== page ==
Royal Marines to be restructured, MoD says
The Ministry of Defence has confirmed that the Royal Marines is set to be restructured to ‘better balance skills across the force’, to balance out the growing Royal Navy.
The move comes as part of the Navy’s regular review of its structure to ensure that it suits the operational demands of the 21st century, and is appropriately balanced for the future with 400 more personnel, more ships, new aircraft carriers and submarines entering front line service.
According to a statement from the MoD, around half of the 200 roles being repurposed are backroom function roles, like drivers and administrative staff. Freeing these up to be carried out by Reservists and civilians will enable skills to be used more appropriately across the Navy.
The other half of the restructure comes as part of plans developed by 3 Commando Brigade, who are responsible for the deployment of the Marines, who decided it would be beneficial to the Corps to make 42 Commando a specialised Maritime Operations unit.
A Royal Marines Commando performs roles ranging from maritime operations like countering piracy and protecting our trade routes across the globe, to land-based operations like warfighting and peace-keeping. Under this re-balancing, 42 Commando will become the specialised, go-to unit for maritime operations – meaning some of their posts, like heavy weapons specialists, can be reallocated across the Navy.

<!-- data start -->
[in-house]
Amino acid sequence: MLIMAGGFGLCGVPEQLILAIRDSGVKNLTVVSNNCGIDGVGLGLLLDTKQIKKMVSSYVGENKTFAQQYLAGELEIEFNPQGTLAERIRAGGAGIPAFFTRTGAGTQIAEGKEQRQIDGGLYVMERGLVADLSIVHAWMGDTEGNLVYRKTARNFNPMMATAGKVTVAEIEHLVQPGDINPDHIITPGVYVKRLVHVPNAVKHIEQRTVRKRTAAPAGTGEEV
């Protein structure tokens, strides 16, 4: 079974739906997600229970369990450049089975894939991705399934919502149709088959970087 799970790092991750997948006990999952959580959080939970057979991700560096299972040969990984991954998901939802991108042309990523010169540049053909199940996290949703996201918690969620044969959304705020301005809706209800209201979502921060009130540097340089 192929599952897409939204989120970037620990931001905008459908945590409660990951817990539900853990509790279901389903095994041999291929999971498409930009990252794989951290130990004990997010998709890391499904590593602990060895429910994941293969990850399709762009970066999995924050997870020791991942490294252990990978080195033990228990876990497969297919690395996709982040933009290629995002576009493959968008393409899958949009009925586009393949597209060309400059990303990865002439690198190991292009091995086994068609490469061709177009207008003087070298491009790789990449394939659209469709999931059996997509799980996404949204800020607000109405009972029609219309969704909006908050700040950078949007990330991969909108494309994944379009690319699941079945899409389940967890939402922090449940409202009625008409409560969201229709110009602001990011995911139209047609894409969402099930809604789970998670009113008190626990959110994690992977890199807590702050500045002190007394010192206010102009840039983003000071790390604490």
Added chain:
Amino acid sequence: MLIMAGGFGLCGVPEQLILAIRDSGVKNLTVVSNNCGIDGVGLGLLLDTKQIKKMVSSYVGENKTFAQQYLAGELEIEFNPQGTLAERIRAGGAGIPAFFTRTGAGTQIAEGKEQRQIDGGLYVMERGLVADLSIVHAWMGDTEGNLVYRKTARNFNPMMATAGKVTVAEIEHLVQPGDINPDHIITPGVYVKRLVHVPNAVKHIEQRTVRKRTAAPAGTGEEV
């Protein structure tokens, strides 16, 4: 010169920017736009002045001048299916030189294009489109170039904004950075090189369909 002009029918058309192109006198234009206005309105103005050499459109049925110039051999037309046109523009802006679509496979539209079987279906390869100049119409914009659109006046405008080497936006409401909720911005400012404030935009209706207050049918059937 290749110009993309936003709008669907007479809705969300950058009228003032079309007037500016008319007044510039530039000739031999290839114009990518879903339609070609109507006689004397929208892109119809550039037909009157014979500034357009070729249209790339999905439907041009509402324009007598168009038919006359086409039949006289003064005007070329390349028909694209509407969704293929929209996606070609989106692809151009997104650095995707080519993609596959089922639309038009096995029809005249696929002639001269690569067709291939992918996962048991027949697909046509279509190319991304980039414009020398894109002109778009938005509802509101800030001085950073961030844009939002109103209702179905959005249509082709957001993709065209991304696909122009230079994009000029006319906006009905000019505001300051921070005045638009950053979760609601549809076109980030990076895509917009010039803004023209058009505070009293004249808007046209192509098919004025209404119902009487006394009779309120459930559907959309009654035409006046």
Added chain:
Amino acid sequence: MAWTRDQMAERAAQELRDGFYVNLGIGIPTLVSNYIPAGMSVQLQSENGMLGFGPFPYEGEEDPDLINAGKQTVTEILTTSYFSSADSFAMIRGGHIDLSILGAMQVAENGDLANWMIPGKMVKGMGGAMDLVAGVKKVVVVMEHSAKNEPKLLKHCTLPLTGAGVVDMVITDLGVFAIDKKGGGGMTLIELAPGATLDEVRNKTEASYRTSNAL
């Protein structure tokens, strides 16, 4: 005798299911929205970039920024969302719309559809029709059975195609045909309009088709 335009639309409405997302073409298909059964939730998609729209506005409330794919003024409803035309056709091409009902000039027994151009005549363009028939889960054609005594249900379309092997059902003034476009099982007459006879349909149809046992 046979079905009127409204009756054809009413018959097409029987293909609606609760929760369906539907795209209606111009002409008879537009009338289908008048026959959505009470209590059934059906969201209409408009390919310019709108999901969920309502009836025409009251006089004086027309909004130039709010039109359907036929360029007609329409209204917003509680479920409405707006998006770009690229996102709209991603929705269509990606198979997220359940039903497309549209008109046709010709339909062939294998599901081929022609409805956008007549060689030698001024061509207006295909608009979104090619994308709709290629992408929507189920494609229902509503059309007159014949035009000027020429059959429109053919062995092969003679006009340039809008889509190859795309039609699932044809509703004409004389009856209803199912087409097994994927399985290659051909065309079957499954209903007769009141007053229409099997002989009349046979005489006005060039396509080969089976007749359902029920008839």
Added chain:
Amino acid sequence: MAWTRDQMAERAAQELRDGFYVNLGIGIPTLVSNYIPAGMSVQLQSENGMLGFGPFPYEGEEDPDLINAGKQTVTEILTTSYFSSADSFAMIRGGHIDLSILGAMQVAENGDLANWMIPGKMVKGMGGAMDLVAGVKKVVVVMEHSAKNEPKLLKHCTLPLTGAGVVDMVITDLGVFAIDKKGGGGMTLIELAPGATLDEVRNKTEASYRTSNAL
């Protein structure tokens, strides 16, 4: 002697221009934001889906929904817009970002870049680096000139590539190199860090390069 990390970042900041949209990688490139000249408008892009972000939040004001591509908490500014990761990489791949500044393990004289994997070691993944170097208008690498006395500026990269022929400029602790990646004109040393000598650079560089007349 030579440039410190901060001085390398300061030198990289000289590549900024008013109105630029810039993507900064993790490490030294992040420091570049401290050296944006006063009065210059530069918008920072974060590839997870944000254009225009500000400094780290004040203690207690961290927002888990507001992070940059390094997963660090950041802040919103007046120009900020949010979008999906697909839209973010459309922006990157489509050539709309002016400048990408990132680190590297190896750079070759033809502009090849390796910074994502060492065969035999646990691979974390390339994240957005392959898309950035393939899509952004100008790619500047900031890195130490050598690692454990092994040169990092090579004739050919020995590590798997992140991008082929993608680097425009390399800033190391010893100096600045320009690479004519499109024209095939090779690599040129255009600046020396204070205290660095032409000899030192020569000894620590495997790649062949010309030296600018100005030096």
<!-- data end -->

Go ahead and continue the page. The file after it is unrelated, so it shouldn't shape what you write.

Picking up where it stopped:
The MoD clarified that no Royal Marines would be made redundant as a result of the news. It explained that when those in the roles which have been identified for repurposing leave, their position will simply transfer to a different area of the Navy.
The First Sea Lord, Admiral Sir Philip Jones, said: “As someone who has worked with Royal Marines at every stage of my career, most notably when commanding the Amphibious Task Group from RM Stonehouse, I know how vital their role is as the UK’s premier high readiness contingency force. However, as First Sea Lord, I also know we must adapt to meet the challenges of a dangerous and uncertain world.
“The government is investing in a new generation of ships, submarines and aircraft. As we introduce these capabilities into Service, we must ensure we have the right mix of skills across each of the Navy’s Fighting Arms to optimise how we use them, and the Commandant General and I have sought to find the right balance between sailors and marines in responding to this challenge.
“The Royal Marines remain bound in to every part of the Royal Navy’s future, from conducting sophisticated operations from the sea, at a variety of scales and against a range of threats, using our new aircraft carriers as a base, to leading the Service’s development of information warfare.
They will continue to be as vital to the Defence of the Realm in the years ahead as they have been for the past 350.”